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Alan's War: The Memories of G.I. Alan Cope Paperback – October 28, 2008

3.8 out of 5 stars 27 customer reviews

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Product Details

  • Paperback: 336 pages
  • Publisher: First Second; First American Edition edition (October 28, 2008)
  • Language: English
  • ISBN-10: 1596430966
  • ISBN-13: 978-1596430969
  • Product Dimensions: 6.3 x 1 x 9.1 inches
  • Shipping Weight: 1.4 pounds (View shipping rates and policies)
  • Average Customer Review: 3.8 out of 5 stars  See all reviews (27 customer reviews)
  • Amazon Best Sellers Rank: #853,116 in Books (See Top 100 in Books)

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By Tim Lasiuta on October 28, 2008
Format: Paperback
As modern day North americans, we cannot appreciate the experiences soldiers had. Even with our technically superior computer generated, the memories and emotions that real soldiers lived through cannot be equalled.

Alan Cope and Emmanuel Guibert met by happenstance, and the collaboration that resulted is marvelous. Alan Cope tells us through Emmanuels' art his life as a soldier. Drafted at age 18, he joined the army to fight a guy named Adolph. His travels through France, Switzerland, Germany, California, and all points Europe are fascinating. This book is his journal, rendered in charming art that brings to life significant events and people that changed him from naive youth to wisened veteran.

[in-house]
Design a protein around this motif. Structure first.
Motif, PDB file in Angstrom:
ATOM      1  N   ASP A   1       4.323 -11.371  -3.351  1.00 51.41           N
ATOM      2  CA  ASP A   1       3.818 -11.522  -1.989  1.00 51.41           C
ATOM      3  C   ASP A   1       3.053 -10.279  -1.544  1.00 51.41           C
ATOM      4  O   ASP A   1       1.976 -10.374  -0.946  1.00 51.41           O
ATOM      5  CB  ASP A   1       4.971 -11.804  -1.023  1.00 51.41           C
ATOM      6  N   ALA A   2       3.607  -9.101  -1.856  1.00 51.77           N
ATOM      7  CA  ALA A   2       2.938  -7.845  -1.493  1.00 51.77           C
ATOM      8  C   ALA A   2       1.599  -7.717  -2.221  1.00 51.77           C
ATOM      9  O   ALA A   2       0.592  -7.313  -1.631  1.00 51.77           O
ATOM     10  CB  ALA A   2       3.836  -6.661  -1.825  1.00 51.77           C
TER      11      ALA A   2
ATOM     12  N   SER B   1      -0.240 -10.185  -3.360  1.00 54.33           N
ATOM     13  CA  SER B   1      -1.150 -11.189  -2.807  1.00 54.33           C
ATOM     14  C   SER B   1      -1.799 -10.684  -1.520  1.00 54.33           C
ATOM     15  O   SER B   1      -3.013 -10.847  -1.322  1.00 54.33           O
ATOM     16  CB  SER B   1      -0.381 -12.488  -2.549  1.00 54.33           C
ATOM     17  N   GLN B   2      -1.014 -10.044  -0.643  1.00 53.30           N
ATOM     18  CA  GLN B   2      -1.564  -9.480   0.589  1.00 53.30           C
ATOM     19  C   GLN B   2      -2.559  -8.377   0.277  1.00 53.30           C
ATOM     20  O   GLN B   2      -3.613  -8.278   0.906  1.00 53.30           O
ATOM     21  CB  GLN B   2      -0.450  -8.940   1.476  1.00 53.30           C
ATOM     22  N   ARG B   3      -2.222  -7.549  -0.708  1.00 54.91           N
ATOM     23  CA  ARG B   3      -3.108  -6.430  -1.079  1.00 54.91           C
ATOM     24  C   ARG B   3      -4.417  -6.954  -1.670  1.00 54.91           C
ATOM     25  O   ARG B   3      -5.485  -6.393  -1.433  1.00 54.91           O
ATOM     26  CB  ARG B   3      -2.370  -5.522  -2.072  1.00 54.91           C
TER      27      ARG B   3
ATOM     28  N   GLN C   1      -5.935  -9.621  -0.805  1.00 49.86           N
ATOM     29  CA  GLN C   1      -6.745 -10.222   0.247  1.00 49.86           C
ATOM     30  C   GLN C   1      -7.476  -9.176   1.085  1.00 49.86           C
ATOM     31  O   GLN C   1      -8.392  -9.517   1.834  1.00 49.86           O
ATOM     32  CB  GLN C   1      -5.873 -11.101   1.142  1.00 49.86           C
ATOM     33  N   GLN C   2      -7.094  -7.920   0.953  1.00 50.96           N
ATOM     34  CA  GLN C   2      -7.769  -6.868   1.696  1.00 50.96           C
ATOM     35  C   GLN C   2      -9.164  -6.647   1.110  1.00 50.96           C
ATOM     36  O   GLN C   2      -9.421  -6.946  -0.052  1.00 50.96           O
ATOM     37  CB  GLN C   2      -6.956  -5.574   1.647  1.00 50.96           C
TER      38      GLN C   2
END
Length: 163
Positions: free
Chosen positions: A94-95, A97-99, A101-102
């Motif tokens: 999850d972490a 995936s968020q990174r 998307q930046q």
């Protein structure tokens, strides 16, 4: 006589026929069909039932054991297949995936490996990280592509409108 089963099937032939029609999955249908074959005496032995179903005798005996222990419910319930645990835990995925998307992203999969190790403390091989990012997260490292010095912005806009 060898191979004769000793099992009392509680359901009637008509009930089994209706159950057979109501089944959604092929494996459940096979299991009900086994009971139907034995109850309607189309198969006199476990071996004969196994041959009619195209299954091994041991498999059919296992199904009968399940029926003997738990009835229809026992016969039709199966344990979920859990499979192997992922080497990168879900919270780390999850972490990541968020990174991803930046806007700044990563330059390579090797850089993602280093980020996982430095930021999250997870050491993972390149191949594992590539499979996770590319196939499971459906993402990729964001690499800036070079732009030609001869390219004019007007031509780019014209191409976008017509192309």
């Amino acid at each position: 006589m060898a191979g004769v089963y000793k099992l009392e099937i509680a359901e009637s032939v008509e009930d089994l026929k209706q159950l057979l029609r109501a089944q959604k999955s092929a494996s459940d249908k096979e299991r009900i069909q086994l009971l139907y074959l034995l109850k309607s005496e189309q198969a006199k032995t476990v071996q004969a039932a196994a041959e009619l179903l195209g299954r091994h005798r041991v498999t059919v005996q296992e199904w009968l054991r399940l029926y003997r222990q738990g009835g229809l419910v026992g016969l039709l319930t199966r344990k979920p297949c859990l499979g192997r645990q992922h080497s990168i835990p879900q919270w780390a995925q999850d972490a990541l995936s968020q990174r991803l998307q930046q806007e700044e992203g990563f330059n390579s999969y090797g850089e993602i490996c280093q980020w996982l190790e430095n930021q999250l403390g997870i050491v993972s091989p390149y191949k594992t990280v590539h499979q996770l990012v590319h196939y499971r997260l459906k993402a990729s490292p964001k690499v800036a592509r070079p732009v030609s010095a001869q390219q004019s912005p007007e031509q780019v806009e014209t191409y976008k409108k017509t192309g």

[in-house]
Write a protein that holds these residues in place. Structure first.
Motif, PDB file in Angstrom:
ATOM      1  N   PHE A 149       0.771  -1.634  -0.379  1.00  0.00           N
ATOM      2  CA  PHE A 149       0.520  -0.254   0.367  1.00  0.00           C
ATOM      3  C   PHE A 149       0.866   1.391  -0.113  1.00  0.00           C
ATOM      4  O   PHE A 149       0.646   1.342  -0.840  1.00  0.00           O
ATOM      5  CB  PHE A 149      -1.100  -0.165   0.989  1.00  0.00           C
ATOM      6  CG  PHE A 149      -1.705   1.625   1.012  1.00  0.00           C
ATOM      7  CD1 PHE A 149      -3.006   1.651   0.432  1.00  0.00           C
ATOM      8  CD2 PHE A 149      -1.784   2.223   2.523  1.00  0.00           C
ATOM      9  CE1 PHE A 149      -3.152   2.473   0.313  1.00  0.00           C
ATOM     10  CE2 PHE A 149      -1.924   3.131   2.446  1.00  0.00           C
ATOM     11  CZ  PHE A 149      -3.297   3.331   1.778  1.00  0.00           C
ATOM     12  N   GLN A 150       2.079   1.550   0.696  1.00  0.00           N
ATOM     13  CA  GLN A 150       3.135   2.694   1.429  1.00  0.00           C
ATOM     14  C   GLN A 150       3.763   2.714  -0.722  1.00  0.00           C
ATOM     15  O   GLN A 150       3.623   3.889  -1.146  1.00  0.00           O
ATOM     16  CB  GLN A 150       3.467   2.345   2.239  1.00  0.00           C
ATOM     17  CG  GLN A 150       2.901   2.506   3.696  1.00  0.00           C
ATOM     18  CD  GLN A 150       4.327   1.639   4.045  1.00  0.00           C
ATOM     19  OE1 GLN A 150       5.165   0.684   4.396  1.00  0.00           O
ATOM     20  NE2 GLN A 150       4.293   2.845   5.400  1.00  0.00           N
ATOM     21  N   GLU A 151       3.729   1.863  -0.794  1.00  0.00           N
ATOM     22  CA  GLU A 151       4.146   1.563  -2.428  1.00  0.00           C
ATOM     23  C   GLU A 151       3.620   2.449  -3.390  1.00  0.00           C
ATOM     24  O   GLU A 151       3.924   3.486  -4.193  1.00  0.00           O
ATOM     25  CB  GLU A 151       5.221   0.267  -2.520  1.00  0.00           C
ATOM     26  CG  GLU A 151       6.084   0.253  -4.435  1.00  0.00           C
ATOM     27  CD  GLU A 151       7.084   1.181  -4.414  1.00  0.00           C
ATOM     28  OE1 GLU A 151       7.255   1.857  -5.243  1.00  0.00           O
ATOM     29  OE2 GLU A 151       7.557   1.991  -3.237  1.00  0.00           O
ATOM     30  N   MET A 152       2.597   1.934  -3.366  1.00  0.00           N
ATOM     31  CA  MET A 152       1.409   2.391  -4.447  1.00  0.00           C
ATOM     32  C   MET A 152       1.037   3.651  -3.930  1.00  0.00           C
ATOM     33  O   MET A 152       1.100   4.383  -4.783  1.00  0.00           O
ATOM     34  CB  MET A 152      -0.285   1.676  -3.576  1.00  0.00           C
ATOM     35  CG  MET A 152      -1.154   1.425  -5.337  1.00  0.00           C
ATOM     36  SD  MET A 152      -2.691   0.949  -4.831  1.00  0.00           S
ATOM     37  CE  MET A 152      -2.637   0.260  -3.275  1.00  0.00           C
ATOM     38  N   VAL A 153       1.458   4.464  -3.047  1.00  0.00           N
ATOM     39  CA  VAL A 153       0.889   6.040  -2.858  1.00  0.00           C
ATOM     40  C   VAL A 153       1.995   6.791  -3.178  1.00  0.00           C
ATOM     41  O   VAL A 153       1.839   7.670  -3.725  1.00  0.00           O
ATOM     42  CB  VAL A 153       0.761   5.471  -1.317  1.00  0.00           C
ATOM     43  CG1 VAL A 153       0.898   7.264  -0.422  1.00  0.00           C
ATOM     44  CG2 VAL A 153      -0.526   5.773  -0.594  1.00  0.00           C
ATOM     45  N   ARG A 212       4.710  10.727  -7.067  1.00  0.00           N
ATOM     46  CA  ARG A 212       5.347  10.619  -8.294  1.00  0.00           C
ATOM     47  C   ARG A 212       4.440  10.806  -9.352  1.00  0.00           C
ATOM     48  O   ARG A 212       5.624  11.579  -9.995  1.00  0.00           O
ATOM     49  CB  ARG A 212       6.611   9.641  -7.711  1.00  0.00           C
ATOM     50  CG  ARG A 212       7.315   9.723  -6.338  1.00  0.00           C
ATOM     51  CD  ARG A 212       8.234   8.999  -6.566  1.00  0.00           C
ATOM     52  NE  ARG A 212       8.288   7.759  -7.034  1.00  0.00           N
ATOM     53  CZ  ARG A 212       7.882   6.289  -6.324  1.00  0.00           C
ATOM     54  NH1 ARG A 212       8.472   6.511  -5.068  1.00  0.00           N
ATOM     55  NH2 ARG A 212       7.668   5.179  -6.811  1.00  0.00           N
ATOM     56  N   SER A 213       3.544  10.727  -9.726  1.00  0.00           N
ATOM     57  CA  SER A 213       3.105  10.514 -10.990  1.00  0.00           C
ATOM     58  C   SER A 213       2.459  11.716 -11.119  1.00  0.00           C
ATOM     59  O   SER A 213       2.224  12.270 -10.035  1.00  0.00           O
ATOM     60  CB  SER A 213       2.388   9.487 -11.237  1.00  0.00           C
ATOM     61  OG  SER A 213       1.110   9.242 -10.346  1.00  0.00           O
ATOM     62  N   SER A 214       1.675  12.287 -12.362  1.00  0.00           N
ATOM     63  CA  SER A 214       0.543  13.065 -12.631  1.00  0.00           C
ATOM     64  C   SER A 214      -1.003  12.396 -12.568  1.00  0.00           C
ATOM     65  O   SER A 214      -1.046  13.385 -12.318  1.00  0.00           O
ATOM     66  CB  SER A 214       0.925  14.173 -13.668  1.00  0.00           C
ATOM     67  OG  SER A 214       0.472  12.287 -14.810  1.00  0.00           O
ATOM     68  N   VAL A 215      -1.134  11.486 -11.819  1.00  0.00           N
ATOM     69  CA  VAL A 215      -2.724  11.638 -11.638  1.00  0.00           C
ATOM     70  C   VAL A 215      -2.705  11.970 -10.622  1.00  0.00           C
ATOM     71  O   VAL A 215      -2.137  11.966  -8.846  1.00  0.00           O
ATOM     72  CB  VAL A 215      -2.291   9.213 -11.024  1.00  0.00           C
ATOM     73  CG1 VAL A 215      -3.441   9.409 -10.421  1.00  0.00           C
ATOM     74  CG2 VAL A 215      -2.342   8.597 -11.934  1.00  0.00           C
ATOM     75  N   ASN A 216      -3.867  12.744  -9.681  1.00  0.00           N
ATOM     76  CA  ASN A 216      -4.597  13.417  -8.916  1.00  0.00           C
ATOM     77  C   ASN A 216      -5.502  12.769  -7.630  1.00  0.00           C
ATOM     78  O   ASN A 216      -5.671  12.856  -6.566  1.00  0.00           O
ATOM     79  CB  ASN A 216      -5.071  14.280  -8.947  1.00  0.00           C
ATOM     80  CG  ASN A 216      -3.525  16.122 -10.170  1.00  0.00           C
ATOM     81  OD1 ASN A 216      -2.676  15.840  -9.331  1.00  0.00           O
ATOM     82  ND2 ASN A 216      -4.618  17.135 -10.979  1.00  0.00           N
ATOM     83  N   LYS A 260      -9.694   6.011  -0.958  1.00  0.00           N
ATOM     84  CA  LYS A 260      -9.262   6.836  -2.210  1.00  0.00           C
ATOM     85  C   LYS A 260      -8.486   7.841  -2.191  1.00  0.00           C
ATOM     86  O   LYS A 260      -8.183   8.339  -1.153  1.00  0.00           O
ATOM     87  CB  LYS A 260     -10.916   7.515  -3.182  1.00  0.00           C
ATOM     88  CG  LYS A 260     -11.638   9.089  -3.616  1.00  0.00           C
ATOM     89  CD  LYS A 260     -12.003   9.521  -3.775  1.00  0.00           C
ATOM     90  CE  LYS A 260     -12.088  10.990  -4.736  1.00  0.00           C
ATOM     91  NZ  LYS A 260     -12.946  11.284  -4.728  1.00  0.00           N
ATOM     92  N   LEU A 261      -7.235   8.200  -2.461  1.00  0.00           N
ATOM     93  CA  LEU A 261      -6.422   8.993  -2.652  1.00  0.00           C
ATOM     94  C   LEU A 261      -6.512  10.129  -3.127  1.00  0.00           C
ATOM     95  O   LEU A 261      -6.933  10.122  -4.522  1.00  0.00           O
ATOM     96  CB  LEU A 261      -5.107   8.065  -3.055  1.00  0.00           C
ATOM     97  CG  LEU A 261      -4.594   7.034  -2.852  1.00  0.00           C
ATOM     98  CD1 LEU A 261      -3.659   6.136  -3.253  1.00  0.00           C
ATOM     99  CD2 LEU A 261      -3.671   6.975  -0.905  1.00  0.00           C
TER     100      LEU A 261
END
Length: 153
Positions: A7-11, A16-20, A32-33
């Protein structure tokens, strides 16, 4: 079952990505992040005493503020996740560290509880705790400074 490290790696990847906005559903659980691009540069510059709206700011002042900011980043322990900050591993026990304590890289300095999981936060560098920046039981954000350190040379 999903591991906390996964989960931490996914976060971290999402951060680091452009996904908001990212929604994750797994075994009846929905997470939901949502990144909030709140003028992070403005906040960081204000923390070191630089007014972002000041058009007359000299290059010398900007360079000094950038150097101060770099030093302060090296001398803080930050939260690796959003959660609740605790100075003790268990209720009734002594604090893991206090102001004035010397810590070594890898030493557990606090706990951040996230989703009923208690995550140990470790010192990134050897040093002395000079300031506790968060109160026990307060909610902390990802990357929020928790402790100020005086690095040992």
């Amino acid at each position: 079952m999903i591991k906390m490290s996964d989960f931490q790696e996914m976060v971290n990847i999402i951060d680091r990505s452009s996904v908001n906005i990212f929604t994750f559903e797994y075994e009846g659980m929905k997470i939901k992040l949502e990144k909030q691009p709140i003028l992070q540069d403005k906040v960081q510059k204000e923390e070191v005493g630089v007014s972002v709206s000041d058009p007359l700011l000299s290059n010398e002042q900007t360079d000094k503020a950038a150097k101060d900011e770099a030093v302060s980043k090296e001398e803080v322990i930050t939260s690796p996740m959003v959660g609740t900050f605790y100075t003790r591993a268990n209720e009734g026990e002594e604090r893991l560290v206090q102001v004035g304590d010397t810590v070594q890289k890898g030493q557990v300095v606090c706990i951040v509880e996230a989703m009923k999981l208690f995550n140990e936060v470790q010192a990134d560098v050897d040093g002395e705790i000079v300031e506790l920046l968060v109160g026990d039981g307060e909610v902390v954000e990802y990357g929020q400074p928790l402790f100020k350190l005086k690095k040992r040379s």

It is clear that war changes people. While there are no atheists in foxholes, after the experience can turn believers into atheists or scar them forever. Alan was changed. His friends Gerhart and Vera were changed. Jako was changed. Landis changed. In the end, each went on with their lives based on their previous experiences.

As a reader, I was entranced by the simple narrative tone of the book. It was almost like Private Alan Cope was right beside me as I lived his life from training to his final years. While we could not smell the smells of the Alps as he hiked on Sundays, or the fresh dew of the French countryside,or the smell of German cooking, we can feel the effect on Alan. We cannot feel the horror of war, or the physcial exhaustion his training, the pain at losing friends, but we can feel the effect on Alan.

One thing about this book that I loved was the sheer variety of 'famous' people that Alan (or his close friends) knew. I also loved the depth of his relationships with his fellow soldiers, and his determined effort to not let his friendships die.
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Format: Paperback
Memory is a tricky thing. Decades later, looking back at a time when you were young, in a foreign land and under fire, you can be forgiven if you mistake a few things. In the case of Alan Cope, former U.S. soldier in World War II, there are only a few stumbling blocks in his recollections, but illustrator Emmanuel Guibert has wisely left them intact in ALAN'S WAR. They are few and far between, it seems, and they only serve to render Alan's story all the more human.